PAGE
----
Finance,  Future

Working with a Financial Advisor

I really started getting interested in my financial health about 2 years ago. It was an aspect of my life that I paid little attention to or learned about beyond “honey, always pay your credit cards in full”. I share my financial journey for several reasons: maybe you can relate, maybe you want to start focusing on your finances but don’t know where to start, or maybe you want to share your stories. Well, I’m here to hopefully help and definitely listen.

There are so many aspects of life that I would readily consult professionals or more experienced individuals on: cooking, exercise, work… but not personal finance. Why is that?

Lately, I feel like I haven’t making any progress lately. I’ve done what I could by analyzing and changing my money-spending habits. What next? I never considered working with a financial adviser before because it seemed crazy to let someone else dictate my personal finance. But what if that’s just what I need to get to the next level?

I decided to set up a meeting with a financial adviser. Her name’s Brittney Castro, the CEO and co-founder of Financially Wise Woman. I learned about her because she was a guest on a personal finance podcast I listen to frequently, So Money with Farnoosh Torabi. I was curious to how she could help me.

Initial Meeting

Note: Initial meetings with a financial advisers should be free because you are trying to figure out whether it is a right fit for both parties.

Before our initial meeting, I thought about what I wanted out of a financial adviser. I have a little bit of student loan debt left, feel as though I’m not saving as much as I should, am going on a new adventure that will completely change my financial strategy, should come up with a financial strategy… so I guess I’m looking for Brittney to be my financial fairy godmother??

The initial meeting was 30 minutes long. I gave Brittney more background information on the changes in my personal life. She discussed the services that she offered, which included an in-depth review of my financial situation and creating a financial strategy.

Financial strategy. I never had one. My strategy is to not spend impulsively and unnecessarily, pay credit card bills full at the end of each cycle, and… not spend impulsively and unnecessarily. I hesitated at the price of her service, but I told myself that this is an investment in my well-being.

I didn’t shop around for financial advisers, but I do feel like Brittney is a good match based on my feelings. I usually ask a lot of questions, and I threw a lot at her. What recommendations does she have on debt? What other things have I not considered in my ad-hoc financial strategy? How do I increase my revenue stream? She took my questions like a champ.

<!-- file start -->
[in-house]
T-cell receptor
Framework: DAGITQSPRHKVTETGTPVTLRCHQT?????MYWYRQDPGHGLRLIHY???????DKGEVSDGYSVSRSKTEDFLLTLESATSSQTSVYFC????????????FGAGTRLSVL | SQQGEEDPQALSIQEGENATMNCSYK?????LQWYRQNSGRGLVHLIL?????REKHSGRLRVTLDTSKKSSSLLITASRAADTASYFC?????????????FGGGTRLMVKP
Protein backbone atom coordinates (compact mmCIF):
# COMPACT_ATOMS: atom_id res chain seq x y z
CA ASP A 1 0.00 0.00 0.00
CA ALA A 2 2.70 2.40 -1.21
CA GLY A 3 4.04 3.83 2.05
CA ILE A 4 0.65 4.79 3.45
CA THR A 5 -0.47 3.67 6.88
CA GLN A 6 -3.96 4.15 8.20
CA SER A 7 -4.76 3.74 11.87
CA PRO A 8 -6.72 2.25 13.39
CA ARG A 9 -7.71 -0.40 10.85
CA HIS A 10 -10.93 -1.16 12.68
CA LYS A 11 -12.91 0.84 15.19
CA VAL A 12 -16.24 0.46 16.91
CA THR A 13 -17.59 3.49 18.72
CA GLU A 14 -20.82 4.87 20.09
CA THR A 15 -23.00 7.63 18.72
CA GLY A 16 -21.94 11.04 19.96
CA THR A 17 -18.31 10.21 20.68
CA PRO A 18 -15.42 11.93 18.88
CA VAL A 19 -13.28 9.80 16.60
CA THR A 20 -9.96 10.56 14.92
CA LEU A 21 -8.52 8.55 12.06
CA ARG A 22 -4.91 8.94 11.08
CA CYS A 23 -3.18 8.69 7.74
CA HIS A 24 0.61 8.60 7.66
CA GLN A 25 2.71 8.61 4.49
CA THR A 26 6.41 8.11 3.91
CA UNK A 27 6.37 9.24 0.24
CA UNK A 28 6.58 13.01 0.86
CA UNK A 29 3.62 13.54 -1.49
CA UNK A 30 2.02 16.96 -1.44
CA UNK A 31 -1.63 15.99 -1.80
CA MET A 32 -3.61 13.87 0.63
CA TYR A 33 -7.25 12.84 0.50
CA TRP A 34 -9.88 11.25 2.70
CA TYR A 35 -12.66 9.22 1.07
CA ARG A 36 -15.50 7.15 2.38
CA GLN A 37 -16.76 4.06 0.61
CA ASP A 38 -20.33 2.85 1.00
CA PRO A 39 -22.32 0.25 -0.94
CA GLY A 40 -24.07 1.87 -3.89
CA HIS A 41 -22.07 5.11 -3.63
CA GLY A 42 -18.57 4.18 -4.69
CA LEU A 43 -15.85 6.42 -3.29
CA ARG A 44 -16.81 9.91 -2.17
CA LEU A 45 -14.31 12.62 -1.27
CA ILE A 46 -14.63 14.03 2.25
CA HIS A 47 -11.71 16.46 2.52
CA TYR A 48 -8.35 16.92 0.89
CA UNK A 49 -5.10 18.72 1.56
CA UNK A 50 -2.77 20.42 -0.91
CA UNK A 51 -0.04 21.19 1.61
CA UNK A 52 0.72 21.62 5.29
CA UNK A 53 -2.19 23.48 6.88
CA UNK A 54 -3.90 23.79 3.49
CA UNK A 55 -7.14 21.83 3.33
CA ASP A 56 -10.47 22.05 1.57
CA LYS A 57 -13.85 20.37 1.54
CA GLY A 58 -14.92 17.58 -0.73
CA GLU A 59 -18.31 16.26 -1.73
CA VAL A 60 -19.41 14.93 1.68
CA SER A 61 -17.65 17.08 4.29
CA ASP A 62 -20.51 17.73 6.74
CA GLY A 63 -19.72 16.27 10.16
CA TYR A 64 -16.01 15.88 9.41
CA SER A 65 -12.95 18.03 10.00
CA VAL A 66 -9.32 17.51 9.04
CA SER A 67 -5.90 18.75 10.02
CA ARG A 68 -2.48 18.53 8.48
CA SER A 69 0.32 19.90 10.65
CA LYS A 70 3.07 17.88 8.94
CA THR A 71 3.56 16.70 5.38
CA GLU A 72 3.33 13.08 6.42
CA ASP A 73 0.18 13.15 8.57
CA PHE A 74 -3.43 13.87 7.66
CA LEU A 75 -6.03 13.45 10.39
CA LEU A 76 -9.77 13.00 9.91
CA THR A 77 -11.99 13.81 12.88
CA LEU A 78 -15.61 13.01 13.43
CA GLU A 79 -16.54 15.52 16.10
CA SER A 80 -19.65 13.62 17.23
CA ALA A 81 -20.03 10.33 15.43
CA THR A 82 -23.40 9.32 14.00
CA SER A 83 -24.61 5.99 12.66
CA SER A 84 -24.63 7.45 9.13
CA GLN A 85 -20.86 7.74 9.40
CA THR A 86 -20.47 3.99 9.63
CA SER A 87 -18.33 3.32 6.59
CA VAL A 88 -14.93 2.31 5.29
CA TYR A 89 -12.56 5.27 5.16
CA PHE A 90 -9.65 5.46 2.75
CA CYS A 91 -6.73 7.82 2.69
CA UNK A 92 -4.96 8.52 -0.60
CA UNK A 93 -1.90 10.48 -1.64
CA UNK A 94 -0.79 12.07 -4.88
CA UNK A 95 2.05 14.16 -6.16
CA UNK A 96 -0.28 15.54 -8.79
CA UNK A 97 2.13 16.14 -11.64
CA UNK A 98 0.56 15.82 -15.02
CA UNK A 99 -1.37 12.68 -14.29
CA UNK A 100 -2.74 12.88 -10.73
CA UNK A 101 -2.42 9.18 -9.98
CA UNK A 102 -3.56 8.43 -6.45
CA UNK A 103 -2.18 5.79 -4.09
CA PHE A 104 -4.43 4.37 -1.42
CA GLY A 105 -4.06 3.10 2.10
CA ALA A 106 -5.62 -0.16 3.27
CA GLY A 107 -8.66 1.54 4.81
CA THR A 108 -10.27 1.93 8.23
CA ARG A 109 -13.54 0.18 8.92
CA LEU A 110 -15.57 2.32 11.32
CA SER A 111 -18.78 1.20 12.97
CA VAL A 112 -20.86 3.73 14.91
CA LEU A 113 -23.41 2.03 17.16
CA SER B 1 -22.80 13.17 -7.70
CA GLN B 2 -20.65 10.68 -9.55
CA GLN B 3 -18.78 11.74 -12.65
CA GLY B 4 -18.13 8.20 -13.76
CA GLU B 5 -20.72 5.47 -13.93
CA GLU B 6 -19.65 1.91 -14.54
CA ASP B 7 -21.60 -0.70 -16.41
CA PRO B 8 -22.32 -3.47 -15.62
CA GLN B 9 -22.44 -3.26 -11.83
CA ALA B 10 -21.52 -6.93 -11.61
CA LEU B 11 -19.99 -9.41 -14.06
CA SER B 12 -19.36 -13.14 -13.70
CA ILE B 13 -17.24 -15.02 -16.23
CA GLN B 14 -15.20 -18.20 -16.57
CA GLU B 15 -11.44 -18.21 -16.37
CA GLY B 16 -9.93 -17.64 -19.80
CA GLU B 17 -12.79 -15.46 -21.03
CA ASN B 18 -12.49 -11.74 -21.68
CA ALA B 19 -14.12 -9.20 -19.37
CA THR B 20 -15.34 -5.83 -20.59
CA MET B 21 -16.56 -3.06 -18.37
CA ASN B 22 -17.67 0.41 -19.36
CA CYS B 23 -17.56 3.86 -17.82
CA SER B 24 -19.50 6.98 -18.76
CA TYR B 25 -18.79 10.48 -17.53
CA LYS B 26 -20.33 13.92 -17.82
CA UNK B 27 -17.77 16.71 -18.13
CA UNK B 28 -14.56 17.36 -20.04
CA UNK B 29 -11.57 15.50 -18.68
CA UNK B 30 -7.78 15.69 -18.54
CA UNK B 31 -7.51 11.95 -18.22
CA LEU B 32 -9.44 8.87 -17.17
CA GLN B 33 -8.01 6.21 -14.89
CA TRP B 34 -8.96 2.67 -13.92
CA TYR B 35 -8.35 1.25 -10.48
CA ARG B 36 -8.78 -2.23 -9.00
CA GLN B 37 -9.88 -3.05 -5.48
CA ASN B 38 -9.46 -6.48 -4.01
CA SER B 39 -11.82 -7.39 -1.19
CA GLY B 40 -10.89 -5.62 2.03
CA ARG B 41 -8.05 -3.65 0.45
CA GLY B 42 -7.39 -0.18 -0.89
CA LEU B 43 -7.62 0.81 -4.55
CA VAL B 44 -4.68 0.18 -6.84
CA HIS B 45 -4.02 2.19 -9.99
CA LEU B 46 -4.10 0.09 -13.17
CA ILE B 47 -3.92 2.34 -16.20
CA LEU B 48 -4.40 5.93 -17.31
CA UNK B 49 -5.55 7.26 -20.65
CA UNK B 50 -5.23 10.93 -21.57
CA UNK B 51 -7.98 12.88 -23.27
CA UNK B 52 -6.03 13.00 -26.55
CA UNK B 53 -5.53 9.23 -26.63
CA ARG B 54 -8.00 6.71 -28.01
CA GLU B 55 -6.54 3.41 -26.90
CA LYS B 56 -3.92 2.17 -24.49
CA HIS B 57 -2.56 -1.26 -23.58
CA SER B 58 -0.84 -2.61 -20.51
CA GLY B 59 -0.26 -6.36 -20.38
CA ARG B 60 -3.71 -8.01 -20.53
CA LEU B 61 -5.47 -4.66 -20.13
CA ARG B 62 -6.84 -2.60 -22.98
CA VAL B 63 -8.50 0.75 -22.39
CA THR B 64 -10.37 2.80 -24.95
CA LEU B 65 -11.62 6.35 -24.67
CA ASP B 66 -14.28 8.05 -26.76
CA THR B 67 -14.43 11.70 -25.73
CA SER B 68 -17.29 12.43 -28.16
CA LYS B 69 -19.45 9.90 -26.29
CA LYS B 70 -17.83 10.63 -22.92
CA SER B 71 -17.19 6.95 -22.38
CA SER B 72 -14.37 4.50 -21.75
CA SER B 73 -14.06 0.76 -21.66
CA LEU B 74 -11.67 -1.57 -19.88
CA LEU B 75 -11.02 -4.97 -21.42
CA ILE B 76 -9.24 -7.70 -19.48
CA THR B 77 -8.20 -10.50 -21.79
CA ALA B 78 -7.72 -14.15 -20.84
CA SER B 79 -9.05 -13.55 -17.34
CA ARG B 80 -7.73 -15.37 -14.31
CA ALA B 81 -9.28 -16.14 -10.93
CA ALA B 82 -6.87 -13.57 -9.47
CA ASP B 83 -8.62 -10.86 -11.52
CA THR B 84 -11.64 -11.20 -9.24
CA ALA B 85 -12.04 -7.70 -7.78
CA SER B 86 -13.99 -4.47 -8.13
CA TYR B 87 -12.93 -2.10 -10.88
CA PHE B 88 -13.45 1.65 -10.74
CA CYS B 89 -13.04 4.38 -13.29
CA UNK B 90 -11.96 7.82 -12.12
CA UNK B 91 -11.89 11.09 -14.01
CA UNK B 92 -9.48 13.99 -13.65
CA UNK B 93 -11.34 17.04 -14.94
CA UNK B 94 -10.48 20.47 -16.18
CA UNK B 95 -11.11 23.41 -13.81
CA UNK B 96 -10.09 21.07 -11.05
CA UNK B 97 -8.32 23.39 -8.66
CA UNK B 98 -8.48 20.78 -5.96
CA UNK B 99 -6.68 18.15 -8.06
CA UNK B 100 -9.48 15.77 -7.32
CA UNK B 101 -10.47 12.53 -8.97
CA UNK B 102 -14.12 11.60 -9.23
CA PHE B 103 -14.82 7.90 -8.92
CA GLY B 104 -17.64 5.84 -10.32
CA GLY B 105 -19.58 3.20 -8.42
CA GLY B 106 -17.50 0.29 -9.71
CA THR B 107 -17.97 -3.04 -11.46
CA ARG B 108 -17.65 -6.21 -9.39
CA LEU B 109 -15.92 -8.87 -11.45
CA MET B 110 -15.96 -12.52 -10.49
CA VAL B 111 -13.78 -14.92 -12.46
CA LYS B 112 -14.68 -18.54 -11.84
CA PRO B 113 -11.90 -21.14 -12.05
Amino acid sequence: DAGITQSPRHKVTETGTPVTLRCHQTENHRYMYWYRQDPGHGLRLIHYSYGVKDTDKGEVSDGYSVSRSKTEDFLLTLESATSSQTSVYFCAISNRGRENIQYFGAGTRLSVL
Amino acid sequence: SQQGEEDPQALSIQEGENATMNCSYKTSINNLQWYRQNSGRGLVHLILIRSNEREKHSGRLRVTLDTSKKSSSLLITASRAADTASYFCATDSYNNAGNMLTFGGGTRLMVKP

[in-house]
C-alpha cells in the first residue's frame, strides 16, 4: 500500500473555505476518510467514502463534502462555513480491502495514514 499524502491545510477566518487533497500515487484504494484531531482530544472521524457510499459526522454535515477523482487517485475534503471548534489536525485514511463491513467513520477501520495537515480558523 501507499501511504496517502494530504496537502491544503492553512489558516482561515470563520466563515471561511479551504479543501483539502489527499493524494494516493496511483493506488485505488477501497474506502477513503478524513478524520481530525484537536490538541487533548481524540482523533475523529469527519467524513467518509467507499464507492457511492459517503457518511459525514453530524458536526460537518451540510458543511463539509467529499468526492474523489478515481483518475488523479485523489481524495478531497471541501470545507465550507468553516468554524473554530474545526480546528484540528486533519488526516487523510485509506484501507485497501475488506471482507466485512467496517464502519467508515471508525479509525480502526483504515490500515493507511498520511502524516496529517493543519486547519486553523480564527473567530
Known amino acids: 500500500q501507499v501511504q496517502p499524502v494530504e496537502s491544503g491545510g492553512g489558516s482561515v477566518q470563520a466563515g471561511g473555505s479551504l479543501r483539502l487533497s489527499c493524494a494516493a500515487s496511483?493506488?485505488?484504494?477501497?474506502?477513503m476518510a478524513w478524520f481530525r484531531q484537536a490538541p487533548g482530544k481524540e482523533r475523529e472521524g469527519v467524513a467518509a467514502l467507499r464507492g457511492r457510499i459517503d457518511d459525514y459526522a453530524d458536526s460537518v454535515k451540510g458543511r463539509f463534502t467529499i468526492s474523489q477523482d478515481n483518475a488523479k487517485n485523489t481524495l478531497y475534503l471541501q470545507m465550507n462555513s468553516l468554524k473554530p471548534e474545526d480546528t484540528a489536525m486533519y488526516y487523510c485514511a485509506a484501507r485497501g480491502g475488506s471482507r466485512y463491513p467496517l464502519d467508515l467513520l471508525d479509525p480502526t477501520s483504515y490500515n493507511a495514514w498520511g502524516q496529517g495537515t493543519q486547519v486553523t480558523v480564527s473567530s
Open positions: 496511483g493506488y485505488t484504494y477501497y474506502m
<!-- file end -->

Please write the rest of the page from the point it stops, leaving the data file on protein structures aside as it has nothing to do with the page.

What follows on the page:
Data Meeting

During this meeting, we did some data collecting of what accounts I have as well as financial goals. This way, Brittney and her team could customize a financial strategy specific for me.

In an effort to be more helpful and not only speak in general terms, here’s a quick breakdown of my current financial situation:

  • 5 credit cards that I pay in full each month. I mainly use 2 cards, Chase Sapphire and Costco Citi, for the benefits and rewards.
  • Less than $3,000 left of student loan debt, which I’m hoping to pay off by mid-2019.
  • 401(k) where I am contributing at 12% and my company matches up to 6%.
  • Other accounts: checking, high yield savings, traditional IRA, and Roth IRA.
  • Health insurance through my company.

My goals:

  • Travel money
  • Emergency savings – minimum 3 months
  • A third bucket – currently unnamed
  • Maxing out retirement vehicles

Some things that I learned and thought about during our meeting:

  • If you are getting full company match in 401(k), then any contributions you make to your traditional IRA is not deductible. In my head, I created this rule of thumb: get company 401(k) match, then contribute and max out Roth IRA. Traditional IRA can wait till you’re no eligible for Roth IRA.
  • I rarely look through my 401(k) and Roth accounts, so that’s an area where I can get more in touch with. I also do not remember what the heck is taken out of my pay check, so let’s figure that out as well.
  • I can be a little more aggressive because I am younger and have more flexibility and time.

I have some homework to do before our next meeting. So far, I’m feeling okay about having a financial advisor because we have only gone through the data mining stages, which are like the equivalent of small talk. Some things I want to discuss with her in our future meetings:

  • How to increase revenue and/or revenue streams
  • How to budget and stick to it
  • Some financial mantras, or even life mantras

Getting Started on Your Financial Journey

Here are 3 simple things you can do to get started:

  1. Write down all your assets, accounts and balances – credit cards, savings, checkings, 401(k), IRAs, investments, car, house, mortgage, student loans, etc.
  2. Identify your short-term and long-term goals. Make sure that it is measurable. For example: I would like to have a 3-month minimum emergency savings bucket.
  3. Be obsessively detailed and track your spending for a minimum of 1 week. Afterwards, go through and identify areas where you can improve on.

Where are you guys on your personal finance journey? Let me know in the comments below – I would love to hear!

-Juliet

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